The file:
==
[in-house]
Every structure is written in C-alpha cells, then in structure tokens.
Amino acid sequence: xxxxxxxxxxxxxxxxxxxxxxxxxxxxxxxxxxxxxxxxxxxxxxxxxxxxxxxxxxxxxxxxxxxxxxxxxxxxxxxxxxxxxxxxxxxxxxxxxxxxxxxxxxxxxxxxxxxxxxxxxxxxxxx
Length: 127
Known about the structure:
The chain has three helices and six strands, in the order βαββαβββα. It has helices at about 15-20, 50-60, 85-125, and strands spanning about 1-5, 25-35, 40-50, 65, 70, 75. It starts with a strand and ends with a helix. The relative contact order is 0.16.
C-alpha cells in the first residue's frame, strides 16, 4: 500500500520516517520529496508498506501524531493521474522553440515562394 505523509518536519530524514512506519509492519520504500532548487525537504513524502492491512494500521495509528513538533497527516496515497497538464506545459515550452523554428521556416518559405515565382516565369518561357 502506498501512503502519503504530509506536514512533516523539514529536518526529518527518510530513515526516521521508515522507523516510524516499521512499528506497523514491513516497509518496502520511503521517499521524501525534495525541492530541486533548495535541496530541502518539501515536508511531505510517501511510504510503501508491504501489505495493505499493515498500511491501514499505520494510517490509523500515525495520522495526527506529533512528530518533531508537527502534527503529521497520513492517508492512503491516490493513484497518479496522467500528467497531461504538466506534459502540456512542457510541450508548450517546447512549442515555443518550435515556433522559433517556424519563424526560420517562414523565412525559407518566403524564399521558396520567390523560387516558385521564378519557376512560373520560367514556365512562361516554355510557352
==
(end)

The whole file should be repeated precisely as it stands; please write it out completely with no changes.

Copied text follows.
[in-house]
Every structure is written in C-alpha cells, then in structure tokens.
Amino acid sequence: xxxxxxxxxxxxxxxxxxxxxxxxxxxxxxxxxxxxxxxxxxxxxxxxxxxxxxxxxxxxxxxxxxxxxxxxxxxxxxxxxxxxxxxxxxxxxxxxxxxxxxxxxxxxxxxxxxxxxxxxxxxxxxx
Length: 127
Known about the structure:
The chain has three helices and six strands, in the order βαββαβββα. It has helices at about 15-20, 50-60, 85-125, and strands spanning about 1-5, 25-35, 40-50, 65, 70, 75. It starts with a strand and ends with a helix. The relative contact order is 0.16.
C-alpha cells in the first residue's frame, strides 16, 4: 500500500520516517520529496508498506501524531493521474522553440515562394 505523509518536519530524514512506519509492519520504500532548487525537504513524502492491512494500521495509528513538533497527516496515497497538464506545459515550452523554428521556416518559405515565382516565369518561357 502506498501512503502519503504530509506536514512533516523539514529536518526529518527518510530513515526516521521508515522507523516510524516499521512499528506497523514491513516497509518496502520511503521517499521524501525534495525541492530541486533548495535541496530541502518539501515536508511531505510517501511510504510503501508491504501489505495493505499493515498500511491501514499505520494510517490509523500515525495520522495526527506529533512528530518533531508537527502534527503529521497520513492517508492512503491516490493513484497518479496522467500528467497531461504538466506534459502540456512542457510541450508548450517546447512549442515555443518550435515556433522559433517556424519563424526560420517562414523565412525559407518566403524564399521558396520567390523560387516558385521564378519557376512560373520560367514556365512562361516554355510557352